Children’s commissioner sent into short-staffed council in wake of Ofsted judgment

Wakefield latest local authority to be ordered to review options for future of children's services, as regulator tweaks inspection framework

Wakefield (image: Tim Green / Wikimedia Commons)

The Department for Education (DfE) has appointed a children’s commissioner at a local authority judged ‘inadequate’ after a June visit by Ofsted.

Wakefield, which the regulator found had deteriorated sharply since 2016, to the point where every area of its practice was deemed ‘inadequate’, has become the latest council to have a commissioner sent in following a critical inspection.

The full inspection, which came soon after a focused visit revealed problems, found there were “too few social workers to provide a safe service”, with practitioners struggling to complete assessments or carry out direct work.

Ofsted said that as a result the council had become over-reliant on agency staff, with steps taken by senior leaders proving ineffective at addressing its problems.

The commissioner’s role will be taken by Peter Dwyer, the former director of children’s services at North Yorkshire council – which in August became the first local authority to score an across-the-board ‘outstanding’ rating under Ofsted’s recently introduced ILACS framework.

Three-month review

A statutory direction issued on Wednesday by the DfE ordered Wakefield council to comply with a review led by Dwyer as to whether its children’s services would be best served by removing them from the local authority’s control. The review will be carried out over a three-month period.

Merran McRae, Wakefield council’s chief executive, said the authority welcomed Dwyer’s appointment and would cooperate fully with the process.

“Our priority is to ensure services are brought up to the standard our children and families need and deserve and we are determined to deliver this,” McRae said. “We’re recruiting more family support and social workers to make sure help is available to children, young people and families who need it.”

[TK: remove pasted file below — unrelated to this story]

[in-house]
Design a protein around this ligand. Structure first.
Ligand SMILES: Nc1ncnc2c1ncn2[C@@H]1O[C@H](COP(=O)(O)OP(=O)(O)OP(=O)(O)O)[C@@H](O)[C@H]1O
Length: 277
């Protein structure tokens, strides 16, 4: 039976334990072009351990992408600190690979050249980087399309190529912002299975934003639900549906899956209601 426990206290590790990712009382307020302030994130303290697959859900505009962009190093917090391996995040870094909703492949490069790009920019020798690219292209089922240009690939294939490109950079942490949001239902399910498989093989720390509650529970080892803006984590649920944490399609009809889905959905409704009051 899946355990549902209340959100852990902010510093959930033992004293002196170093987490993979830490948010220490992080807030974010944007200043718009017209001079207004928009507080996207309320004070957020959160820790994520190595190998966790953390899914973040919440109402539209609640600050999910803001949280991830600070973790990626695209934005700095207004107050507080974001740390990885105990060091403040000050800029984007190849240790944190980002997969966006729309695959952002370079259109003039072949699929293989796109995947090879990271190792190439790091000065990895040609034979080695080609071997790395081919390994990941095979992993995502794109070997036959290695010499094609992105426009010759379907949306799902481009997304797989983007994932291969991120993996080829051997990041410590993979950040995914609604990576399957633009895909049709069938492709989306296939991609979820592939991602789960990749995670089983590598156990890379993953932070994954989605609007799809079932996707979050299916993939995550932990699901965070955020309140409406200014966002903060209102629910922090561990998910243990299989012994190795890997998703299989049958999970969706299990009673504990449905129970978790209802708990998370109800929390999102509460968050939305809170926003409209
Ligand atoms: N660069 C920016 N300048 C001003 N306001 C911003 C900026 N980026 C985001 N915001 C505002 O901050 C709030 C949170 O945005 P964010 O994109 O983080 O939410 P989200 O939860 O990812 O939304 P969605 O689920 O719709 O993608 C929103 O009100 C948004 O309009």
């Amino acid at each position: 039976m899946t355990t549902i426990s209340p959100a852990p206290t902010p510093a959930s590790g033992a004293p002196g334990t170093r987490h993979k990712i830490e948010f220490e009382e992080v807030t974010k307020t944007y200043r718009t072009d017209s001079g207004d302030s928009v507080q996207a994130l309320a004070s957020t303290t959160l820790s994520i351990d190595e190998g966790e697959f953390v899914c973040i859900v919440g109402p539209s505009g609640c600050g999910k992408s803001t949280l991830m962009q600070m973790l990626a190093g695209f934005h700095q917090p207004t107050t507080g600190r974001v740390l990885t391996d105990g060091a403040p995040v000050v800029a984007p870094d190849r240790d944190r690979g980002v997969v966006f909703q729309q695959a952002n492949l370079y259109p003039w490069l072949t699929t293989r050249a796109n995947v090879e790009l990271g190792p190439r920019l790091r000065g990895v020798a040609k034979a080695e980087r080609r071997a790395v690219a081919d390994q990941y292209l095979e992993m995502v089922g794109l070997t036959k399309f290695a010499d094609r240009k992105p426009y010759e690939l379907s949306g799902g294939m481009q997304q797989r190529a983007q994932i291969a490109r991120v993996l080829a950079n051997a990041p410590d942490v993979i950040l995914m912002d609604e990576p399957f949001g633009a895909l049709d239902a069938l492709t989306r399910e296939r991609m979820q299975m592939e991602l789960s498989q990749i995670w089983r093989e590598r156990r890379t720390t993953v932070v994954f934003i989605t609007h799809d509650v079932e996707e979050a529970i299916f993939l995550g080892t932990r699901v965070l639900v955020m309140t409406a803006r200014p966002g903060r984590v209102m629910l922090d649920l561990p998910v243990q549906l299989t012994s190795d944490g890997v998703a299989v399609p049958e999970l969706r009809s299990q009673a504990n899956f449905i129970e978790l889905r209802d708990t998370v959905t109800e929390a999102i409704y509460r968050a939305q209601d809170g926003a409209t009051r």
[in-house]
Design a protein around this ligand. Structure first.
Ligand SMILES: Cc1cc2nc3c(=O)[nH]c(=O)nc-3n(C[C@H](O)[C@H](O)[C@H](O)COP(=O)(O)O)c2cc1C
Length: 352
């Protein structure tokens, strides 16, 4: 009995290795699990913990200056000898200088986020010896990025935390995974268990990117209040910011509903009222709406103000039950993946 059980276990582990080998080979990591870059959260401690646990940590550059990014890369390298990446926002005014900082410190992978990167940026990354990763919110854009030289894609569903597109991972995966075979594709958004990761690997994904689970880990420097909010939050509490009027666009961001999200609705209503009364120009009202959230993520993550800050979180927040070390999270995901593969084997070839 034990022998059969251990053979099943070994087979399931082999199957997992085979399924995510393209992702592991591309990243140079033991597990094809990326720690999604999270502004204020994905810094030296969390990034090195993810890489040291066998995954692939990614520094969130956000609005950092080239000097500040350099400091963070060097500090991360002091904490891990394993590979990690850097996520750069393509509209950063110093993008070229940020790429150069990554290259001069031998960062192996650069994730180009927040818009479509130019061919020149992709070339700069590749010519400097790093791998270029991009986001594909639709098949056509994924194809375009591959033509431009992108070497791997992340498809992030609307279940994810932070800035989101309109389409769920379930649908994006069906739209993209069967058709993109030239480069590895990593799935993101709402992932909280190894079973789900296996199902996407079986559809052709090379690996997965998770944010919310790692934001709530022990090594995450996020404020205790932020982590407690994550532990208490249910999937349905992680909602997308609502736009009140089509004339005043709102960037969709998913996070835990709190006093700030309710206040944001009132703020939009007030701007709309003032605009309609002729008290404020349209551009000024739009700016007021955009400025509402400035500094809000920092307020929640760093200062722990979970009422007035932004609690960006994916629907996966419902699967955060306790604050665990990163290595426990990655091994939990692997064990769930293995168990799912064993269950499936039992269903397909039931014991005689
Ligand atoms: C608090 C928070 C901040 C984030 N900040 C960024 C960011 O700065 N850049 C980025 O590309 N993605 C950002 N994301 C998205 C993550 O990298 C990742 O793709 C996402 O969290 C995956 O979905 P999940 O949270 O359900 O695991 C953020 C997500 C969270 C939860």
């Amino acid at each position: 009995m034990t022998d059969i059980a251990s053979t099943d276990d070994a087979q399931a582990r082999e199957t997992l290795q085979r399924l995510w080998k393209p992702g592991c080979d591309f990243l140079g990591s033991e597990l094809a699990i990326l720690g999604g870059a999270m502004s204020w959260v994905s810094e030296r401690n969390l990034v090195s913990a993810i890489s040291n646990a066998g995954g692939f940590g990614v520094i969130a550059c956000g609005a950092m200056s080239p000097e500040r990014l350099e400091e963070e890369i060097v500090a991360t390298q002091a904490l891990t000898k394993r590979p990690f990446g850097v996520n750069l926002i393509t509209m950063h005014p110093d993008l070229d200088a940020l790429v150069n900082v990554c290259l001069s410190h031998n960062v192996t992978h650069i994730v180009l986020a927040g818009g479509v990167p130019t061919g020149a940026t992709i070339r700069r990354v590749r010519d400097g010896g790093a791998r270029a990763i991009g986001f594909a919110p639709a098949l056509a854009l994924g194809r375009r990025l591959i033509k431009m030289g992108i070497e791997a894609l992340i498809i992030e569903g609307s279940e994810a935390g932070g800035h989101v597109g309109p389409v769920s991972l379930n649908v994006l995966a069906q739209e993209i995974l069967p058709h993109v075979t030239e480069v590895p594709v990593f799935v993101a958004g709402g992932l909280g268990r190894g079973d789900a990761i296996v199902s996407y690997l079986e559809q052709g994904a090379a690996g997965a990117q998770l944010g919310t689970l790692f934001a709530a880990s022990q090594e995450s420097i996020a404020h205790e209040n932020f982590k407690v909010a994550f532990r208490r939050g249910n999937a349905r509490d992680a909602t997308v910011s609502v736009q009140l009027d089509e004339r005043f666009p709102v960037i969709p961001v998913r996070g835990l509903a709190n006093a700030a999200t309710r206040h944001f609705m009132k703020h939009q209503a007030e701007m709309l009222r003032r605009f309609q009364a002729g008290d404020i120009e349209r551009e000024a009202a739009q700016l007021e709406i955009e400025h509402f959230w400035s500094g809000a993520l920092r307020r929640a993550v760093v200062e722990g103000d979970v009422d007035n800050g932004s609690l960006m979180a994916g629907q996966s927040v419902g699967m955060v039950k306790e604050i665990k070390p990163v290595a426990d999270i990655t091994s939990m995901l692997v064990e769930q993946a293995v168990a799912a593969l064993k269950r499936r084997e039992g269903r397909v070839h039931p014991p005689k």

McRae added that the council had already strengthened its leadership team and would continue to recruit both to senior management and frontline practitioner roles.

New tighter improvement plan targets

In another development, Ofsted has confirmed that councils at which focused visits uncover significant problems will have to produce draft action plans for improvements within 20 days.

The requirement was included in a recent report on a focused visit to St Helens council, which identified “significant weaknesses”, including around thresholds and generalised drift and delay.

An Ofsted spokesperson said the ILACS framework was being amended with immediate effect, and will be republished in September.

“In line with current legislation, the local authority will need to submit a final action plan responding to the findings within 70 working days of receiving the letter,” the spokesperson said. “We will also ask that local authorities share an early draft of the action plan within 20 working days, to help us understand the quality of planning.”

The spokesperson added that the decision had been made in consultation with the DfE and would help in decision-making as to whether a local authority would benefit from a package of support.

But a DfE spokesperson added that the department had only taken a background role in tweaking the framework.

“We want every child to have the best start in life, with the opportunities and the stability to fulfil their potential,” the spokesperson said. “That’s why it is vital councils take swift action to make immediate necessary improvements to keep children safe, where there are serious weaknesses in services that could put vulnerable children at risk.”

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